From going on the road to hand Franklin its first loss of the season in a stunner to falling to Pisgah in a heartbreaker, this year’s Mountaineers’ season included highs, lows and everything in between.

Tuscola Head Coach Chris Brookshire said the leadership his team received from the seniors helped make sure they remained focused through it all en route to earning a state playoff berth for the first time since 2018.

“We just honestly had a great group of seniors that really bought into what we’re selling,” Brookshire said. “They’re going to definitely be missed around here, for sure.”

Although the 34-14 first round loss at Concord wasn’t the way anyone on the team wanted to go out, getting back in the playoffs was a meaningful accomplishment in itself.

“I just think we took a step in the right direction,” senior lineman Jacob Broom said. “I feel like what coach said is true, we set the stepping stool for years to come. We put Tuscola football back where it needed to be.”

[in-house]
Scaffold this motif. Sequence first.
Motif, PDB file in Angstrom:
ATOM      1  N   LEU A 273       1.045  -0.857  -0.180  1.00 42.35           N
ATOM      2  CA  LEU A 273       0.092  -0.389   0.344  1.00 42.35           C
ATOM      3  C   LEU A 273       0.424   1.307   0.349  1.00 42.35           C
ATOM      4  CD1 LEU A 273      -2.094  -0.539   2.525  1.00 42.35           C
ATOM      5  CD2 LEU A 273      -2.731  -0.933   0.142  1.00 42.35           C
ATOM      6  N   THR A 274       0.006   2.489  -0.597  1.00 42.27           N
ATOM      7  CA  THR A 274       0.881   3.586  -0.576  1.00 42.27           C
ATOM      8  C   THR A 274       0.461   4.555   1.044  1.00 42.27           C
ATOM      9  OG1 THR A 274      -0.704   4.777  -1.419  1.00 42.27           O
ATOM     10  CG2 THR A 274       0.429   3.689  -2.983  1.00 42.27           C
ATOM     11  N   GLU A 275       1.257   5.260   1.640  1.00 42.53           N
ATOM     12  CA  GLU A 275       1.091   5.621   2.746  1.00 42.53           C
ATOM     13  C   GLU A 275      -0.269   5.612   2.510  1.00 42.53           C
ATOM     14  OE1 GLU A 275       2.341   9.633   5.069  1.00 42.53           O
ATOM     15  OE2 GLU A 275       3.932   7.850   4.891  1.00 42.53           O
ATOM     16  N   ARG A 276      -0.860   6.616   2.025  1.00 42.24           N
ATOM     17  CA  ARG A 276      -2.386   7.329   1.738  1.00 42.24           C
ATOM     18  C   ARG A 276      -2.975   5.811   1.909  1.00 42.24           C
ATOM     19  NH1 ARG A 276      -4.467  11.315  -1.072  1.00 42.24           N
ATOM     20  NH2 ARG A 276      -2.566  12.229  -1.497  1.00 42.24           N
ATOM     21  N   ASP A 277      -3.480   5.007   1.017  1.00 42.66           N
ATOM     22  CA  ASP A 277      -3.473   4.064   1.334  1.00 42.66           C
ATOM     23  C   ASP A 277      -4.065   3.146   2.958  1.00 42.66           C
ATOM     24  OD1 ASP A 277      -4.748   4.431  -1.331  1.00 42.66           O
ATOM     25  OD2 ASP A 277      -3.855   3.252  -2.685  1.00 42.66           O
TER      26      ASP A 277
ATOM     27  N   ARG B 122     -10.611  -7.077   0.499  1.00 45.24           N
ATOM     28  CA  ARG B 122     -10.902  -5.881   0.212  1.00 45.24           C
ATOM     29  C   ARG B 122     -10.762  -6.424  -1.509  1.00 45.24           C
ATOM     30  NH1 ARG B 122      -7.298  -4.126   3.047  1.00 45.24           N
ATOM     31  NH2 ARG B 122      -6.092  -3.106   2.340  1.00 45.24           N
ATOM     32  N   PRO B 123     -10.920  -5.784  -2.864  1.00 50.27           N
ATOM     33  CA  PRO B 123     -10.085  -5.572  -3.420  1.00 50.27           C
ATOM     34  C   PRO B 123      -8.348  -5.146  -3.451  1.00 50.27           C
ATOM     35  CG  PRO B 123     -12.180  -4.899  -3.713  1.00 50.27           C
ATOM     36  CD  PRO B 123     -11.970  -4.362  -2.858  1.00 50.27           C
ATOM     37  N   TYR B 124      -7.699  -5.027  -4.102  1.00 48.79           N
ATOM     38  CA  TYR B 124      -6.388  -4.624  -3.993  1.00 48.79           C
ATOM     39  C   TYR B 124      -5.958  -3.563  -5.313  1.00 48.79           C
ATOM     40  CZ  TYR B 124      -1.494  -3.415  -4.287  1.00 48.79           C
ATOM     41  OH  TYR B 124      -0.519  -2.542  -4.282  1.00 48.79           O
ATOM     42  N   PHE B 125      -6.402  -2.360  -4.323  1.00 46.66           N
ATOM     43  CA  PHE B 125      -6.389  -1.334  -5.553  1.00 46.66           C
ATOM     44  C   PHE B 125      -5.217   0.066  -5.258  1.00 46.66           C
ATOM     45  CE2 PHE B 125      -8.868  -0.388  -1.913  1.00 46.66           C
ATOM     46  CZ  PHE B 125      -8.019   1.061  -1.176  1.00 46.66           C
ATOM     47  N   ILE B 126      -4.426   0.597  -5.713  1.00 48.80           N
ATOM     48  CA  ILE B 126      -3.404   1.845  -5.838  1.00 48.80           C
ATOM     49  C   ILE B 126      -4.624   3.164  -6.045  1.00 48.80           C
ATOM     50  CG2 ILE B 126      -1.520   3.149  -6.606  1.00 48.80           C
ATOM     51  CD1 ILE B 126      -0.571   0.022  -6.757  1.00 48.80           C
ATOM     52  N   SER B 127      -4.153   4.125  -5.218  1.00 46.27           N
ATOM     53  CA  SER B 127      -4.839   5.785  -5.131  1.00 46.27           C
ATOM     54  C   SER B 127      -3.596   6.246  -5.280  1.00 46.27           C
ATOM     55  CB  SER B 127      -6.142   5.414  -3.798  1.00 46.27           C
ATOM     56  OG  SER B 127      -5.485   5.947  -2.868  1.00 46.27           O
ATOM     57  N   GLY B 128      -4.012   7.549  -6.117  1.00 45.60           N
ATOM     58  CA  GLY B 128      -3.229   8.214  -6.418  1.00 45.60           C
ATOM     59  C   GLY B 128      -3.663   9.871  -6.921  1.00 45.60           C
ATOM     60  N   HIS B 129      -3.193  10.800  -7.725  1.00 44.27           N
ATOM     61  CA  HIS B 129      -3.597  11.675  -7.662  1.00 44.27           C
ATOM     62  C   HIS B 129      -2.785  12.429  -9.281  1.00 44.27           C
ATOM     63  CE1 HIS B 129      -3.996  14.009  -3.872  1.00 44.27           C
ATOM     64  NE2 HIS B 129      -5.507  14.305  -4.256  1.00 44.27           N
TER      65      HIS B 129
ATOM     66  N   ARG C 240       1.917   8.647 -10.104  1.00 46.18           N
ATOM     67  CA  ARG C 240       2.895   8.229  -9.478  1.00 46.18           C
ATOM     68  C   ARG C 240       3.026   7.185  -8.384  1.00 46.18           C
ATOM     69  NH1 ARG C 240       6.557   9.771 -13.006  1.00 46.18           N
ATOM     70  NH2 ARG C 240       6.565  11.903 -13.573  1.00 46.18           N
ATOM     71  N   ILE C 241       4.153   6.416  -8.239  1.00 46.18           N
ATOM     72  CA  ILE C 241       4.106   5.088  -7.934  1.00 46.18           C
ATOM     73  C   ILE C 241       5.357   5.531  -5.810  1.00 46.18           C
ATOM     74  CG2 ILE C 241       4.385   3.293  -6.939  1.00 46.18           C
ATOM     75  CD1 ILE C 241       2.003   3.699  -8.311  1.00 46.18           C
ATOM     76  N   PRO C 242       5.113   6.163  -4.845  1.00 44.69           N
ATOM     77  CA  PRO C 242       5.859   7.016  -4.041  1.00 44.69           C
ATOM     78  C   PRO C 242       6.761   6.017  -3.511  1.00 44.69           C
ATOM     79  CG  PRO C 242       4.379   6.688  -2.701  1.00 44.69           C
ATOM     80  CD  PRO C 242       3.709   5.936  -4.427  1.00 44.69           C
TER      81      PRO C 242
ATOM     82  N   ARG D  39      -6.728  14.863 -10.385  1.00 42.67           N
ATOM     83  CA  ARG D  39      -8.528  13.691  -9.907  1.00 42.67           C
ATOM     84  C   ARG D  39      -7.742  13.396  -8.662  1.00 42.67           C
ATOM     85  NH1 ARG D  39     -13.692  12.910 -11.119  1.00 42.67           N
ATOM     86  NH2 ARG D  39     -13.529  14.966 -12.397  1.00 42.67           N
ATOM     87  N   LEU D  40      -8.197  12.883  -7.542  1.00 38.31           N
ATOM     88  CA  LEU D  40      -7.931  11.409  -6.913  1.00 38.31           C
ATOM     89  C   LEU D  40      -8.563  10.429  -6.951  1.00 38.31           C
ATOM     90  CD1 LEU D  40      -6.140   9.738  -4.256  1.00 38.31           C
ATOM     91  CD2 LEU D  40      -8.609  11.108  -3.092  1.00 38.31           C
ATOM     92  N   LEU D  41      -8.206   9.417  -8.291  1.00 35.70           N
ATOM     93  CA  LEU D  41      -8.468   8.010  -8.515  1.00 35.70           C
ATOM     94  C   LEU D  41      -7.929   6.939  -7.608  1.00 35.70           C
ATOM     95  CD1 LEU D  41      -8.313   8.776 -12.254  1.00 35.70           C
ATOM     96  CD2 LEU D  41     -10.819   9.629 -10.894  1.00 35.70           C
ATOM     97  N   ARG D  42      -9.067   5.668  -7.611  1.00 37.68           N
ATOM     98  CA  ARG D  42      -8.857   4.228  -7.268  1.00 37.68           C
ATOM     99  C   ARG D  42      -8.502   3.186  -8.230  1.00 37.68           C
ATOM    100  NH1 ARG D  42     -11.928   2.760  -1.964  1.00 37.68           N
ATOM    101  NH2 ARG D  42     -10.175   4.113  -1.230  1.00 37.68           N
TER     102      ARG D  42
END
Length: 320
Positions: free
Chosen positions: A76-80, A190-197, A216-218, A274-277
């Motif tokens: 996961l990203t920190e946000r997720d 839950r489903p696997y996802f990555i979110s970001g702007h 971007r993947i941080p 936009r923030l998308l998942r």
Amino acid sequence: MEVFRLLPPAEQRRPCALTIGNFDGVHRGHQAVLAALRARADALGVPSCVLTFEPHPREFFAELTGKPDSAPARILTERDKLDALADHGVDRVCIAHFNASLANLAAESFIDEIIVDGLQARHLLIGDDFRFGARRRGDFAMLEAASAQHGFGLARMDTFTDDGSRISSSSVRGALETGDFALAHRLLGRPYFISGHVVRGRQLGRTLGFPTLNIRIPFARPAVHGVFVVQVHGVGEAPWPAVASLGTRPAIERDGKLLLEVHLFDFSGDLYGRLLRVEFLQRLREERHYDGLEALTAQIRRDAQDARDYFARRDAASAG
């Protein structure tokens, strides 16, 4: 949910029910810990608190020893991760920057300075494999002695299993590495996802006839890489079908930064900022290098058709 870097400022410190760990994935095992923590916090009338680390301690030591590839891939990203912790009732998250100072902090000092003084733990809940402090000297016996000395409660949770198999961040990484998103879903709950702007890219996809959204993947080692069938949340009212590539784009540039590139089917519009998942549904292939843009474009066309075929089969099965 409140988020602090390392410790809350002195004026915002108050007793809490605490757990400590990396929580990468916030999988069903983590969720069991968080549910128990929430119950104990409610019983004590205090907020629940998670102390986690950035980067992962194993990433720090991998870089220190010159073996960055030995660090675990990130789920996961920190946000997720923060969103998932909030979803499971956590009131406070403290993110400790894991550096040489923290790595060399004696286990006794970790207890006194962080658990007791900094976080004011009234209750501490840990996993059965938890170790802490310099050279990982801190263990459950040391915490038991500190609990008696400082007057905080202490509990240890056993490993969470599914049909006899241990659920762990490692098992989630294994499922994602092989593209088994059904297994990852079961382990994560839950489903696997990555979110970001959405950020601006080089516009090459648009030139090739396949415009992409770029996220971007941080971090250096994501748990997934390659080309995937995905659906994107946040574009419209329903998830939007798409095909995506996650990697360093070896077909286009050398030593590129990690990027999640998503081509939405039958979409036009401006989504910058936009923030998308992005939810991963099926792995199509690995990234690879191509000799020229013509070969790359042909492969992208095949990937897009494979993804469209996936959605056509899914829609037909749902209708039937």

Broom, a three-year starter on Tuscola’s O-line, earned unanimous all-conference honors from the Mountain Seven head coaches this year. Broom was a vocal leader and played a key role in helping the team’s young O-line group develop into one of the strongest in the conference.

“Those guys in there are my brothers,” Broom said. “I feel like when you spend more than half of your summer running around on a football field and working out when you could be out playing video games, you gotta be close,” Broom said.

Senior quarterback Jared Penland, also a unanimous all-conference selection, transferred to Tuscola from Erwin ahead of last season and said that closeness was shown to him from day one.

“The second I got here, it seemed like I’d been here my whole life,” Penland said. “Just the way everybody treats you in there, it’s not divided or anything like that. It’s one team for one goal and they’re all taking care of each other.”